In the world of gastronomy, there are chefs who transcend the boundaries of traditional cooking, creating culinary masterpieces that not only are highly seasonal but also elevate the rewards of regenerative farming. One such chef is Jamie Simpson, the Executive Chef Liaison of The Chef’s Garden, whose passion for sustainable agriculture has reshaped the way we perceive and remember our meals.
The importance of regenerative farming
For Chef Jamie, whose goal is to promote and grow a more sustainable model in foodservice, the journey begins with the soil. The South Carolina native believes that the foundation of exceptional ingredients lie in the quality of the soil in which they are grown, and regenerative farming practices are at the heart of his culinary philosophy. “Using regeneratively farmed produce is not just about cooking — it’s a commitment to the planet and future generations. It’s about understanding that the soil is a living, breathing entity that deserves our respect,” Chef Jamie says.
When you start with ingredients that are grown in harmony with nature, you’re setting the stage for a truly remarkable dining experience. If you change nothing in your recipe except the quality of the ingredients used, your recipe will improve. Vegetables in season are reliably better quality, and reliably better for you. Jamie takes this a step further and designs dishes around what is available on the farm that day. His commitment to micro seasonal cooking opens the door for him to be more creative while respecting the plants and maintaining minimal waste policies.
This holiday season, take a page from Chef Jamie’s cookbook and make your meals sustainable by using “every part of the plant, from root to tip.” Here are 10 ways to make vegetables the star of your holiday meals.
1. Celery Root Mash with Brown Butter and Sage: Improve traditional mashed potatoes with celery root and add depth with brown butter and baked herbs.
2. Exotic Kale and Pomegranate Salad with Blood Orange Vinaigrette: Elevate your salad game by combining nutrient-packed old world kale varieties with the burst of flavor from pomegranate seeds, topped with a refreshing vinaigrette of blood orange, ginger, and olive oil.
3. Whole Roasted Stalk of Brussels Sprouts with Toasted Pecan Tahini: Move over turkey. This show stopper is taking center stage.
4. Crispy Smashed Jerusalem Artichoke with Rosemary Salt: Put a twist on traditional tostones by smashing and frying Jerusalem artichokes until crispy, then season with fragrant herb infused salts.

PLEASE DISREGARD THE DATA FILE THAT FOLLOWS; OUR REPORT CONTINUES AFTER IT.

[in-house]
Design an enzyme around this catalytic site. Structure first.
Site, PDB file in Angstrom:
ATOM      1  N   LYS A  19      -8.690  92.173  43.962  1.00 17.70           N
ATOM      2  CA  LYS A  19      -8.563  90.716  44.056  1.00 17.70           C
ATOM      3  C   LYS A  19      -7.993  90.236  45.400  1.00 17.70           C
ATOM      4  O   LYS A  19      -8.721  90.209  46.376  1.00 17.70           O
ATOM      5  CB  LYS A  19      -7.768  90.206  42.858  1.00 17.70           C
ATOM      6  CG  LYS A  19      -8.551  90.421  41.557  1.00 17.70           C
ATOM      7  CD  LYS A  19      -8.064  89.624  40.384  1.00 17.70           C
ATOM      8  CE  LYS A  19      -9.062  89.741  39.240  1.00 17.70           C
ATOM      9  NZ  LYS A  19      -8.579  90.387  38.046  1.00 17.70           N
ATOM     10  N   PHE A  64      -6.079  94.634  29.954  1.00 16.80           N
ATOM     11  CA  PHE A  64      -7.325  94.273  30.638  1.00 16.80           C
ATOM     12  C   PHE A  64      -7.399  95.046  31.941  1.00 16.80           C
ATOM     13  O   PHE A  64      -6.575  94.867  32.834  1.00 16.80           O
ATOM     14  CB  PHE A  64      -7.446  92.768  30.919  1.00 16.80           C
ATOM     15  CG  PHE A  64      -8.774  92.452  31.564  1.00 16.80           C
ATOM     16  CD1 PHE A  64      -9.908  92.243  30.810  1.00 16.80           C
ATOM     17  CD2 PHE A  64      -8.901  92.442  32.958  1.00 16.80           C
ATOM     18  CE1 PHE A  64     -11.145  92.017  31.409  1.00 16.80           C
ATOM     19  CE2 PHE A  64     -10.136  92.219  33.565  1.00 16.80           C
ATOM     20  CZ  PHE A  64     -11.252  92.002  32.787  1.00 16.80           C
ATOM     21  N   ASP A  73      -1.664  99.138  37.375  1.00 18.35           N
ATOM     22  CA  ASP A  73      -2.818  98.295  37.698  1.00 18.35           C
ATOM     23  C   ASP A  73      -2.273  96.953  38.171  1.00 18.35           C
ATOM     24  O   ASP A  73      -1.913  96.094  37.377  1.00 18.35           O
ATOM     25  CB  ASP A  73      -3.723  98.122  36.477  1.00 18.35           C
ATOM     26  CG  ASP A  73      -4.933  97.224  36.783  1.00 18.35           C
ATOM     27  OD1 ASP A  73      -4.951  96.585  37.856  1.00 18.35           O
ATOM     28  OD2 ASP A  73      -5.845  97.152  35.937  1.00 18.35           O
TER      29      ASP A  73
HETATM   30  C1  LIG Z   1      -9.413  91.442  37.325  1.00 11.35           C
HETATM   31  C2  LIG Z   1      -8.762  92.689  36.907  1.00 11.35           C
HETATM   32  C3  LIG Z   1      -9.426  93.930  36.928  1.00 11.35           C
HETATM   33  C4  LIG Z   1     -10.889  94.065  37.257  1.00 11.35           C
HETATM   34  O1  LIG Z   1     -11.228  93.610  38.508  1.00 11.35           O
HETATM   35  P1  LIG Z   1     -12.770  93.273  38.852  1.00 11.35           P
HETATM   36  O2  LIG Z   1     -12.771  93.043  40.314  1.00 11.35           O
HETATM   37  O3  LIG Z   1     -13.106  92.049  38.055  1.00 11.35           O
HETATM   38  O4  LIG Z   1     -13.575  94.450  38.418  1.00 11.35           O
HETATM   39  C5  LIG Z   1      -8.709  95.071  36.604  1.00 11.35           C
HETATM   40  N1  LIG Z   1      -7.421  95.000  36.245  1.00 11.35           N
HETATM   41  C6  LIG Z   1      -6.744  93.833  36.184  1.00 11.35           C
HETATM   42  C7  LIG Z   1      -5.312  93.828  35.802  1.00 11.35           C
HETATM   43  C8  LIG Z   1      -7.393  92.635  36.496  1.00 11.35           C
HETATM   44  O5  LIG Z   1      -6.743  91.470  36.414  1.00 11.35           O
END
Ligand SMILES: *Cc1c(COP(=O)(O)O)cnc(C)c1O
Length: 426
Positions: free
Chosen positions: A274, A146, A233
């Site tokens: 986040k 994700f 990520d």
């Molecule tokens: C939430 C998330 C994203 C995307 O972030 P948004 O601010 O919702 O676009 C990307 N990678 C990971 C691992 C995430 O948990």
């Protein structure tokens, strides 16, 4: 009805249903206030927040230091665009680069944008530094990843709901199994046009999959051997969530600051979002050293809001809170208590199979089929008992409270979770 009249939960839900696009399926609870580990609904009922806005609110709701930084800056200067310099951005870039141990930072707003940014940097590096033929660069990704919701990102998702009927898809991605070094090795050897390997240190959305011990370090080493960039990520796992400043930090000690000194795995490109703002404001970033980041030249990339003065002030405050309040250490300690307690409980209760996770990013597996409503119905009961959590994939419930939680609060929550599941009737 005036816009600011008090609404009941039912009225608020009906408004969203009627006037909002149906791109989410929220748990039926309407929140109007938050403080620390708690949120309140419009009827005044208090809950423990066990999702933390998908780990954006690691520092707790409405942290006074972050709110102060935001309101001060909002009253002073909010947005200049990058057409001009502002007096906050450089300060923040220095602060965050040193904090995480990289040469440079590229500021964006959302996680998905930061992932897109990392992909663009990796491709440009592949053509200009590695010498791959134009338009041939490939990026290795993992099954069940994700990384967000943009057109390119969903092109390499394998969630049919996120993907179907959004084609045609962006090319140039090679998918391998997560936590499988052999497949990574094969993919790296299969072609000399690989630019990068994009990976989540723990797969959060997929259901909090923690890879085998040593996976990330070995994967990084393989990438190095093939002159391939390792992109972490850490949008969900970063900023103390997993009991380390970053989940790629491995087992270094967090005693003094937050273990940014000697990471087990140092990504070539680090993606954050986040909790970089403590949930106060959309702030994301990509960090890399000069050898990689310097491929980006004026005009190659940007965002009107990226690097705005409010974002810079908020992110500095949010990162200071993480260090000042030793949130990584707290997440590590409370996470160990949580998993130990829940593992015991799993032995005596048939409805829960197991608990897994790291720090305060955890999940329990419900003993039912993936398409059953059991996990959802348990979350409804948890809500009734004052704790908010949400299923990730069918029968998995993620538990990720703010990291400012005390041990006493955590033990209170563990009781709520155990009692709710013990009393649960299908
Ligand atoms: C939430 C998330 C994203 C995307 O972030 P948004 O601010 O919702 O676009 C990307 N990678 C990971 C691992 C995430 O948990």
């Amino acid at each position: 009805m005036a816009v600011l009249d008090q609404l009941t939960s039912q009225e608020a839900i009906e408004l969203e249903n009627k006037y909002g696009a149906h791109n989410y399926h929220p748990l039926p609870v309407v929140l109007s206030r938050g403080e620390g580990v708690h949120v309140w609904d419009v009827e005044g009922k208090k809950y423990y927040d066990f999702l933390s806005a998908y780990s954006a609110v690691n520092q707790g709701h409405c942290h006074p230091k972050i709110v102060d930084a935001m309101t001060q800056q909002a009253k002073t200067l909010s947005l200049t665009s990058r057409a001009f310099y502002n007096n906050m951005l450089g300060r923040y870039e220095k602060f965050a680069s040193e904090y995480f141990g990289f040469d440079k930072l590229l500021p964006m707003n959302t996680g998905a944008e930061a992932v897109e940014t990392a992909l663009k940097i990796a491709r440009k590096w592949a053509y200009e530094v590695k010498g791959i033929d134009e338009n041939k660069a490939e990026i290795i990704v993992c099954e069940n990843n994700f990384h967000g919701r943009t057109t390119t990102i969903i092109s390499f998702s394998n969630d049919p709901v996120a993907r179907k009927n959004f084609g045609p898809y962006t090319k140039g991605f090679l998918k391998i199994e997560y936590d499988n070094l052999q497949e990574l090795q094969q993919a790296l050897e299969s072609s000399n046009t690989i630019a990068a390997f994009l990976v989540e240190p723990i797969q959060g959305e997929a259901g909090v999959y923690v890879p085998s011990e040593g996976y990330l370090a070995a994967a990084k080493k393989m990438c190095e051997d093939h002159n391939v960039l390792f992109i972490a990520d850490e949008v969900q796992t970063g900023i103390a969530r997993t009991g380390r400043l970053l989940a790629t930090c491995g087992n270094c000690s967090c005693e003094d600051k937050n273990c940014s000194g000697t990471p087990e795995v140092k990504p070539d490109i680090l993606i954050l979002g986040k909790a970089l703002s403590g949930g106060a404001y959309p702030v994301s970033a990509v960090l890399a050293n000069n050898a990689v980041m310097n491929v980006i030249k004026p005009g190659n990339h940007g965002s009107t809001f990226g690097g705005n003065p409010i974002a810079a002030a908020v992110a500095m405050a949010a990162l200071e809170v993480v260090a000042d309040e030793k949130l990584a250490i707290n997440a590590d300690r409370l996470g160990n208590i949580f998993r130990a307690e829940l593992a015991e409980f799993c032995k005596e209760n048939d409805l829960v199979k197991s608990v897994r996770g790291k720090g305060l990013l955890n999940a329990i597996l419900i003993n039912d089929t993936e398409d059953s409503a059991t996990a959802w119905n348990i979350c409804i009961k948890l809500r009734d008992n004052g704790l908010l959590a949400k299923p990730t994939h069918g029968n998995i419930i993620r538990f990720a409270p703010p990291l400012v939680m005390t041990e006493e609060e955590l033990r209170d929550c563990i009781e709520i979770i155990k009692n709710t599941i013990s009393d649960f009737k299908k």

5. Albino Beet and Goat Cheese Terrine: Impress your guests with a visually stunning beet and cheese terrine — a harmonious blend of stark white earthy beets and creamy white goat cheese.
6. Split Roasted Butternut Squash with Honeycomb Candy, Apple Cider Reduction, and Crispy Herbs: This will be your new holiday tradition for years to come. Its a lot of fun to make and a lot more fun to eat.
7. Blistered Turnips with Honey and Marcona Almond: Give turnips a chance with high heat in a cast iron pan or grill. Then glaze them with honey and finish with crushed almonds.
8. Carrot Pot Roast: These carrots are treated just like moms pot roast. Seared and drowned in red wine with demi-glace then finished with thyme and served with mashed potatoes. There’s not a better carrot this holiday season.
9. Heirloom Pumpkin Soup served in its own skin: There are few things as impressive as a beautiful heirloom pumpkin in the center of the table filled with a soup of its own flesh. It’s primal and extravagant at the same time.
10. Root Vegetable Tarte Tatin: Serve up a spectrum of colors and flavors with chef’s mixed root vegetable tarte tatin. Carrots, beets, and parsnips roasted in a caramel of sherry, balsamic, and honey under a classically French pâte brisée pastry crust with gruyere cheese. This 11-inch tart is perfect for people who like a light finish to a big meal.
As you embark on your holiday cooking adventure, consider incorporating these ideas to make vegetables the true star of your holiday season. Let the dynamic flavors of vegetables contribute to a healthier, more sustainable future.